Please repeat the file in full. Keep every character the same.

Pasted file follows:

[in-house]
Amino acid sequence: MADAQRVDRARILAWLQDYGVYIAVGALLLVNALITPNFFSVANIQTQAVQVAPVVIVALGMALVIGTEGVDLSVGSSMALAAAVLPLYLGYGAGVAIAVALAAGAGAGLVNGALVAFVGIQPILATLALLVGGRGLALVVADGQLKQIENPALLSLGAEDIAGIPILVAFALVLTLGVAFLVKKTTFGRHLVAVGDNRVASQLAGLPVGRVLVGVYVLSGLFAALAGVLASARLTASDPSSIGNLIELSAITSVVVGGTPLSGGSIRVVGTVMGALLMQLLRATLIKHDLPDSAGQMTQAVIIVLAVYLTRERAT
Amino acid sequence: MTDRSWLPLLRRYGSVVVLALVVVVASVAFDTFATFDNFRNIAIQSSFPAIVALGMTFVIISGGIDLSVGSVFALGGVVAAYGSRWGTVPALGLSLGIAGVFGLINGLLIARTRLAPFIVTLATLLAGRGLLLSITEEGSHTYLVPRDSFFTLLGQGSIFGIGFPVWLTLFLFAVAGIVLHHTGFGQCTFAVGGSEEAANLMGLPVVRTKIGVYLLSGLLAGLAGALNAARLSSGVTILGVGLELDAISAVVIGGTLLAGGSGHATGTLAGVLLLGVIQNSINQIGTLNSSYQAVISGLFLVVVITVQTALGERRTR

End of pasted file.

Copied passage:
[in-house]
Amino acid sequence: MADAQRVDRARILAWLQDYGVYIAVGALLLVNALITPNFFSVANIQTQAVQVAPVVIVALGMALVIGTEGVDLSVGSSMALAAAVLPLYLGYGAGVAIAVALAAGAGAGLVNGALVAFVGIQPILATLALLVGGRGLALVVADGQLKQIENPALLSLGAEDIAGIPILVAFALVLTLGVAFLVKKTTFGRHLVAVGDNRVASQLAGLPVGRVLVGVYVLSGLFAALAGVLASARLTASDPSSIGNLIELSAITSVVVGGTPLSGGSIRVVGTVMGALLMQLLRATLIKHDLPDSAGQMTQAVIIVLAVYLTRERAT
Amino acid sequence: MTDRSWLPLLRRYGSVVVLALVVVVASVAFDTFATFDNFRNIAIQSSFPAIVALGMTFVIISGGIDLSVGSVFALGGVVAAYGSRWGTVPALGLSLGIAGVFGLINGLLIARTRLAPFIVTLATLLAGRGLLLSITEEGSHTYLVPRDSFFTLLGQGSIFGIGFPVWLTLFLFAVAGIVLHHTGFGQCTFAVGGSEEAANLMGLPVVRTKIGVYLLSGLLAGLAGALNAARLSSGVTILGVGLELDAISAVVIGGTLLAGGSGHATGTLAGVLLLGVIQNSINQIGTLNSSYQAVISGLFLVVVITVQTALGERRTR